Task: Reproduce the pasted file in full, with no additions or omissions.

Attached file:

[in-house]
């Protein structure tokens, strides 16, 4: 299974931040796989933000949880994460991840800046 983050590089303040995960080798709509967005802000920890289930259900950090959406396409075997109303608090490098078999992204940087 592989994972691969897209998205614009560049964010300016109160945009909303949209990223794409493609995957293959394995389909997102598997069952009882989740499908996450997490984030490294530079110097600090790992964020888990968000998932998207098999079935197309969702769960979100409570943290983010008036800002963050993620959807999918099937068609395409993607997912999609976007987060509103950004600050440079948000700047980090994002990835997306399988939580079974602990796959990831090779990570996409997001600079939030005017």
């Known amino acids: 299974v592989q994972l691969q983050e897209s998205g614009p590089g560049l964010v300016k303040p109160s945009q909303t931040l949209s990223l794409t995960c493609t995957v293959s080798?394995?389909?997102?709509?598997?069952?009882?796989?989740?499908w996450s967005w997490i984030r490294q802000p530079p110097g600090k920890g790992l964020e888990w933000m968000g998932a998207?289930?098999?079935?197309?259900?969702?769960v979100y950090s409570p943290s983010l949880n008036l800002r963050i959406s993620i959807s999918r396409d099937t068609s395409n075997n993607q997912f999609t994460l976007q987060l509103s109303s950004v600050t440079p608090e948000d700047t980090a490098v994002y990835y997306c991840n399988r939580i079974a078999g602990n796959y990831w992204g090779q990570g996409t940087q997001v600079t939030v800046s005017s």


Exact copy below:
[in-house]
């Protein structure tokens, strides 16, 4: 299974931040796989933000949880994460991840800046 983050590089303040995960080798709509967005802000920890289930259900950090959406396409075997109303608090490098078999992204940087 592989994972691969897209998205614009560049964010300016109160945009909303949209990223794409493609995957293959394995389909997102598997069952009882989740499908996450997490984030490294530079110097600090790992964020888990968000998932998207098999079935197309969702769960979100409570943290983010008036800002963050993620959807999918099937068609395409993607997912999609976007987060509103950004600050440079948000700047980090994002990835997306399988939580079974602990796959990831090779990570996409997001600079939030005017």
């Known amino acids: 299974v592989q994972l691969q983050e897209s998205g614009p590089g560049l964010v300016k303040p109160s945009q909303t931040l949209s990223l794409t995960c493609t995957v293959s080798?394995?389909?997102?709509?598997?069952?009882?796989?989740?499908w996450s967005w997490i984030r490294q802000p530079p110097g600090k920890g790992l964020e888990w933000m968000g998932a998207?289930?098999?079935?197309?259900?969702?769960v979100y950090s409570p943290s983010l949880n008036l800002r963050i959406s993620i959807s999918r396409d099937t068609s395409n075997n993607q997912f999609t994460l976007q987060l509103s109303s950004v600050t440079p608090e948000d700047t980090a490098v994002y990835y997306c991840n399988r939580i079974a078999g602990n796959y990831w992204g090779q990570g996409t940087q997001v600079t939030v800046s005017s």